Social media in supply chains – time to hit the ‘like’ button?

There’s no doubt that social media has changed the world since its mainstream adoption into society, considerably impacting a business’s reputation, sales and even survival.

Dave Willis was quoted saying, “Do not use social media to impress people, use it to impact people.” This bold statement encapsulates the exponential growth of the social media phenomenon.

Historically, businesses implemented regulations prohibiting employees from accessing social media platforms while at work. However, over the last few years, to keep ahead of the competition in today’s market, this belief has shifted to the contrary.

Instead of avoiding social media, businesses are increasingly embracing the platform as a tool to extend their online presence and generate new revenue streams.

Social media is described as online applications and technologies that enable participation, creating relationships, sharing information and collaboration amongst a community of users. Similarly, supply chain management relies on the internet and IT innovations to create virtual communities and networks to collaborate between supply chain partners.

From a supply chain perspective, social media channels give consumers, vendors, suppliers, manufacturers, transportation companies and fulfilment centres a powerful tool for gathering all sorts of feedback. All that data can be put to good use, ranging from positive reviews to something more negative such as a poor customer experience. This is an exigent benefit of social media as supply chain decisions should never be made without considering positive and negative input.

A significant inadequacy of several current SCM solutions is their predilection for an inward-looking approach to data collection. This ideology is based on gathering information about procedures and policies internally without considering the ripple effect that such procedures and policies may have on supply chain partners.

For supply chain professionals wanting to uncover new ideas, monitor commodity and pricing trends, document best practices and communicate with customers, colleagues and suppliers, the following are some examples and opportunities for social media in supply chains:

Improved visibility and coordination: Supply chain partners can use social media to track events and transactions, such as a delivery delay or a carrier’s failure to pick up a package. An application like Twitter may be used to notify truck drivers of accidents and road closures, and express the demand for specific types of shipments.

Communication with customers: Businesses can contact their customers directly via social media sites like Google, Facebook, Twitter, Instagram, WhatsApp and LinkedIn to get reviews and feedback about their products and service. Direct contact with the customers saves time, which can be utilised in better processing and optimisation. Also, based on feedback, the quality of service or product can be improved as per requirement.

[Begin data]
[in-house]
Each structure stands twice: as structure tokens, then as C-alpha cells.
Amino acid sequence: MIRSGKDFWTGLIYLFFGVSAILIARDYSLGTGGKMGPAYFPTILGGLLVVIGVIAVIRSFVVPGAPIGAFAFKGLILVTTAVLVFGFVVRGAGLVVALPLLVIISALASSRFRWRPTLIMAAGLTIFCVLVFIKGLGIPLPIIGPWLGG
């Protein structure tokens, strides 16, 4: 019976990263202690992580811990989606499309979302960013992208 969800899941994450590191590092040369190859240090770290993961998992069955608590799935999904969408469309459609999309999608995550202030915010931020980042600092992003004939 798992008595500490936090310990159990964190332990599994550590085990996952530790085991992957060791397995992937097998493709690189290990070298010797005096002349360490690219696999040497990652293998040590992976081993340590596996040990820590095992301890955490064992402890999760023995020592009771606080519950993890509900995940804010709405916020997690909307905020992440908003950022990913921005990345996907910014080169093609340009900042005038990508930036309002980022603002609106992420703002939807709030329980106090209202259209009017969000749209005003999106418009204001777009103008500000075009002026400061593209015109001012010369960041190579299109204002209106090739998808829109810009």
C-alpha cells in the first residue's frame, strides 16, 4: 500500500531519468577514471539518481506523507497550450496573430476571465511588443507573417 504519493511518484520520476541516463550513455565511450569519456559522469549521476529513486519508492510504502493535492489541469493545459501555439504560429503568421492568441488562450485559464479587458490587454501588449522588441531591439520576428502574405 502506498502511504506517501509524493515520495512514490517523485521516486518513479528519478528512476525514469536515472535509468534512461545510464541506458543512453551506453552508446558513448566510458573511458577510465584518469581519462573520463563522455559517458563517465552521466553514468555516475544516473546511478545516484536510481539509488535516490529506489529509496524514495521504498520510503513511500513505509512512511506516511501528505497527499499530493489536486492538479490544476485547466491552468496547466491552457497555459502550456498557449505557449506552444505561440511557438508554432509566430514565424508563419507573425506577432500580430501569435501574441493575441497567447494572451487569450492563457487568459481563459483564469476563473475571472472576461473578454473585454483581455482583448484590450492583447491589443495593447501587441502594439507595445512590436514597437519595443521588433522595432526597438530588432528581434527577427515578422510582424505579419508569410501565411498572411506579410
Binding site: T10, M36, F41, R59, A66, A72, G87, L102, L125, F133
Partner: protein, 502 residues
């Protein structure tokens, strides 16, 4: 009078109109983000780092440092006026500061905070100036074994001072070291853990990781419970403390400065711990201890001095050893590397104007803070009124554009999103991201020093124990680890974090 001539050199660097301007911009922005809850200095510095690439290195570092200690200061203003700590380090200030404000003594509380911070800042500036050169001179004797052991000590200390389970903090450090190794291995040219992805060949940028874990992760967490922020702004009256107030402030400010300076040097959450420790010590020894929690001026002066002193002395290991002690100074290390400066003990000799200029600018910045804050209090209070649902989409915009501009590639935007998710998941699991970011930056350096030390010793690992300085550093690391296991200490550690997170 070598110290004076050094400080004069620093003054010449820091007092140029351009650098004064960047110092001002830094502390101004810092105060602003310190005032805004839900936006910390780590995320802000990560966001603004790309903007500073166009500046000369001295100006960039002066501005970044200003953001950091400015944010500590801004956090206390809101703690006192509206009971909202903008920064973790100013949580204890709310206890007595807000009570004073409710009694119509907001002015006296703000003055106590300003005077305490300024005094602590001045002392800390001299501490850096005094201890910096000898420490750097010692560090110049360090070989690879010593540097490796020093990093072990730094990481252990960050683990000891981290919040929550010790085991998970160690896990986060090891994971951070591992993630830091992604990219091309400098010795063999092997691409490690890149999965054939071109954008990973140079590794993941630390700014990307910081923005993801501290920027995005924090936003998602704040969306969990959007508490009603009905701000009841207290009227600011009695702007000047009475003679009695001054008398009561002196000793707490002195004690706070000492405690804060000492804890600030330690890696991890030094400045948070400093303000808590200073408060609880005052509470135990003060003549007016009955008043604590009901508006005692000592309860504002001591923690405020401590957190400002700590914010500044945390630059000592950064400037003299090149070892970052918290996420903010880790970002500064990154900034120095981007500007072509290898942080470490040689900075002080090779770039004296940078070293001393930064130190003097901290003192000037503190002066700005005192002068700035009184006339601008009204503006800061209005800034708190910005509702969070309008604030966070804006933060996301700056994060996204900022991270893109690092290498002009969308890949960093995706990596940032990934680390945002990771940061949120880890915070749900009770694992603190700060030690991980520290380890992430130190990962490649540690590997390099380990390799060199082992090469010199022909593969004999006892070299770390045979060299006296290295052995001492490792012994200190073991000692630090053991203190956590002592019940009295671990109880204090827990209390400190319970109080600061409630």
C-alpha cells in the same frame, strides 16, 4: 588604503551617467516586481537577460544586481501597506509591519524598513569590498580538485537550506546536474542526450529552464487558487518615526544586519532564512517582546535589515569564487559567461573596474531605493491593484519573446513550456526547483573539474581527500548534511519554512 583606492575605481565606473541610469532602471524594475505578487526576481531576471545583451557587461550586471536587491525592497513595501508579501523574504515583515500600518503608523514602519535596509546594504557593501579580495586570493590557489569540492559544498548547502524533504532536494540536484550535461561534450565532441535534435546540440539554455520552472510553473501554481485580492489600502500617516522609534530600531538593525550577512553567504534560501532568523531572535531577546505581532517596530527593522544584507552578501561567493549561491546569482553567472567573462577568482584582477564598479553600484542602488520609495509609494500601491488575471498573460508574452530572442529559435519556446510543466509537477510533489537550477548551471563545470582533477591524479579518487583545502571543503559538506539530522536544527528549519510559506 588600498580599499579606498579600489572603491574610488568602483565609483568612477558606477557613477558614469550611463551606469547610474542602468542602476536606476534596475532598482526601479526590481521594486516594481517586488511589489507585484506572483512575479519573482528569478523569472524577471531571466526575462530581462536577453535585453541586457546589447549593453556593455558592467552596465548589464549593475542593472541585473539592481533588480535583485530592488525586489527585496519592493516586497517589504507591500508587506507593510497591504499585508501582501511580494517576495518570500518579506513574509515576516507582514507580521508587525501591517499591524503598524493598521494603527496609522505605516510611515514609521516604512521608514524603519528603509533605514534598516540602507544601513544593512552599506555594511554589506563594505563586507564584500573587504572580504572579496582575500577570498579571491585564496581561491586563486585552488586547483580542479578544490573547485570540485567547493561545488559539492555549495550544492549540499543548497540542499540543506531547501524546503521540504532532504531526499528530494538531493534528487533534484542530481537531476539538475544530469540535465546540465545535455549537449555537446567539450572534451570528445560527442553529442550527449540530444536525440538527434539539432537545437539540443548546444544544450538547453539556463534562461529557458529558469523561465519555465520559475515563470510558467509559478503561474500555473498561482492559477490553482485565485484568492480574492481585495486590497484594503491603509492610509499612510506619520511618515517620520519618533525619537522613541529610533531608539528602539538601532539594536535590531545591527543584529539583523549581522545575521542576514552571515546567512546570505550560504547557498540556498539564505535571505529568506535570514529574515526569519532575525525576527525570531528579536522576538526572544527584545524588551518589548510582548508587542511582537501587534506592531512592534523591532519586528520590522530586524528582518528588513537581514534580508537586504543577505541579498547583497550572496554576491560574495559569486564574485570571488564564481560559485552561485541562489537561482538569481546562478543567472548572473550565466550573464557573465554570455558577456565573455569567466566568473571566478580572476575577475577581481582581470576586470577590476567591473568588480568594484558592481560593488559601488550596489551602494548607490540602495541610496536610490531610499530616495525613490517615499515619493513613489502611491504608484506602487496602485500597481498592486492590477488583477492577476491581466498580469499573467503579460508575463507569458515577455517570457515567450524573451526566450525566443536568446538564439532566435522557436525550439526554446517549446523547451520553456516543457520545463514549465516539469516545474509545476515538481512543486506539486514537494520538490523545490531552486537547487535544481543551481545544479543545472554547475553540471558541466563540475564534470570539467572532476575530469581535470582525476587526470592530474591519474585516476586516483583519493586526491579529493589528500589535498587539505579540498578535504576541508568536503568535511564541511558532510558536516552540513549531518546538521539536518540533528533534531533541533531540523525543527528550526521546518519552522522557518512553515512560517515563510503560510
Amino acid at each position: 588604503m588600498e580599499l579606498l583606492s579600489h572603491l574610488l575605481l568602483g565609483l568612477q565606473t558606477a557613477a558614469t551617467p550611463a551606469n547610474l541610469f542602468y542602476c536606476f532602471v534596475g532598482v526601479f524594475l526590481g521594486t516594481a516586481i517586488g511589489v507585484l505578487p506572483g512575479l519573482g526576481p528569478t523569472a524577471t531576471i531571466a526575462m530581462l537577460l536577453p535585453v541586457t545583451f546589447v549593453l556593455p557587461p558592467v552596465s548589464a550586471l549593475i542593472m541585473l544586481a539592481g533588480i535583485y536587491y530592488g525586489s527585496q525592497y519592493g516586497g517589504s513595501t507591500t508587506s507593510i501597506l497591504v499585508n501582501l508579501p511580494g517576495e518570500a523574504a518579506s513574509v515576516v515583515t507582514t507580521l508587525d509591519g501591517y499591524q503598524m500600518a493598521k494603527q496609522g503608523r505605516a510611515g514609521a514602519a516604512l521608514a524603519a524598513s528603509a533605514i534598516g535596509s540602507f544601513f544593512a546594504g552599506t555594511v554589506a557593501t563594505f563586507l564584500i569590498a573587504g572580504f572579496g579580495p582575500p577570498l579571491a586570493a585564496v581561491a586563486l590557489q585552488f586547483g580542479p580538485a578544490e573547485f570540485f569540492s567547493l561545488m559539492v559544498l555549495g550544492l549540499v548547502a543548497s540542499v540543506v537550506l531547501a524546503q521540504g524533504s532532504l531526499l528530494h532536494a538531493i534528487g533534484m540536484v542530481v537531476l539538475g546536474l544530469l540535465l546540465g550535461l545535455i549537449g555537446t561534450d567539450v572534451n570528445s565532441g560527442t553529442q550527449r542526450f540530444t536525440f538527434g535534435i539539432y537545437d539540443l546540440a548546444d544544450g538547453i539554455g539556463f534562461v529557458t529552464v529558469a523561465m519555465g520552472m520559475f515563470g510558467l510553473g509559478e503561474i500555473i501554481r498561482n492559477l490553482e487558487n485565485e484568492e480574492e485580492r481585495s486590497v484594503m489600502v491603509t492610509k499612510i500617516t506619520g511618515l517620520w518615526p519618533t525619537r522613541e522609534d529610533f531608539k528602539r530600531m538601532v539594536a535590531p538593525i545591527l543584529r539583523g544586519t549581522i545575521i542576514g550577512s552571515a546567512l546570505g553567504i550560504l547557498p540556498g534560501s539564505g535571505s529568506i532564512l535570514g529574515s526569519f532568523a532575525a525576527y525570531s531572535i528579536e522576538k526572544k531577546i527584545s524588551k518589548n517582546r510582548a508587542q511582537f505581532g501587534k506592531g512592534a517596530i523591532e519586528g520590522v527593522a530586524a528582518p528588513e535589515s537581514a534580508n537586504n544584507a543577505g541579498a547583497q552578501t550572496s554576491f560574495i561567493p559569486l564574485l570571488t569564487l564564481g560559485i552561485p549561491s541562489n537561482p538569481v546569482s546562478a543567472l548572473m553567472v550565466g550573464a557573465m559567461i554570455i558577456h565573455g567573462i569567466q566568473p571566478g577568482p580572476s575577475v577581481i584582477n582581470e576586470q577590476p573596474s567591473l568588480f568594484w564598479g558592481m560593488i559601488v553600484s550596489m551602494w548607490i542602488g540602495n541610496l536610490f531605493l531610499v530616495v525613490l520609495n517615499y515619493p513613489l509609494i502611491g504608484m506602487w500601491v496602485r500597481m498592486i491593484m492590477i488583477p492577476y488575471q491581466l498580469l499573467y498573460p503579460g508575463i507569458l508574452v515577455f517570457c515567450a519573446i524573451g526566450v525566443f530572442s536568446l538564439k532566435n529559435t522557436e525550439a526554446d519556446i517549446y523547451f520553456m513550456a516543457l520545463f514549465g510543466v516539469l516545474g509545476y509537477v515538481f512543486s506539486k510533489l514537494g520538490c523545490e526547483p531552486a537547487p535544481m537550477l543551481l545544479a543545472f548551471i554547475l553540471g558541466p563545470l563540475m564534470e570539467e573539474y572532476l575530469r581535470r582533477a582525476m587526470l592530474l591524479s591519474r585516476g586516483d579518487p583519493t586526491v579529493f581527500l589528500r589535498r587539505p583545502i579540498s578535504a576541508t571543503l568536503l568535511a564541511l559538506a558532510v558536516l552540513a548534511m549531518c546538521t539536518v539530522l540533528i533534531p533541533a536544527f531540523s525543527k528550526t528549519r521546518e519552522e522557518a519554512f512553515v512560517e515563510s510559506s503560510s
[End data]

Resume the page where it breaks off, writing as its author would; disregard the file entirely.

Communication with suppliers: Collaboration via social media platforms such as Zoom, WhatsApp, MS Teams and Twitter facilitates advanced scheduling on a real-time basis. It helps all supply chain partners to stay in contact with each other to have a decision-making system that is efficient and transparent. It allows knowledge and data sharing, newsfeed distribution among peers, supervision of processes and tracking the transport and logistics of all vendors and suppliers, which subsequently improves trust and the relationship between supply chain partners.

Forecasting: Using social media platforms, businesses can predict trends in the marketplace and consumer sentiment about products and brands by analysing public posts made on social media platforms. For example, Levi Straus & Co. and Zara use the insights gained from social media posts to determine fashion trends when creating new clothing lines.

Sourcing: Using social media platforms, businesses can analyse the reviews, feedback and ratings of current and future suppliers as additional metrics when making supplier selection strategies. Additionally, social media platforms such as LinkedIn can be used to find and engage with the best talent in the industry.

Social media invariably aids in disseminating vital information and continues to be a popular and successful means for businesses to convey information rapidly. Businesses that neglect social media will inevitably miss out on these changes, benefits and future business growth opportunities. If your business has not fully embraced the power of social media platforms yet, perhaps it’s time to consider hitting the like button.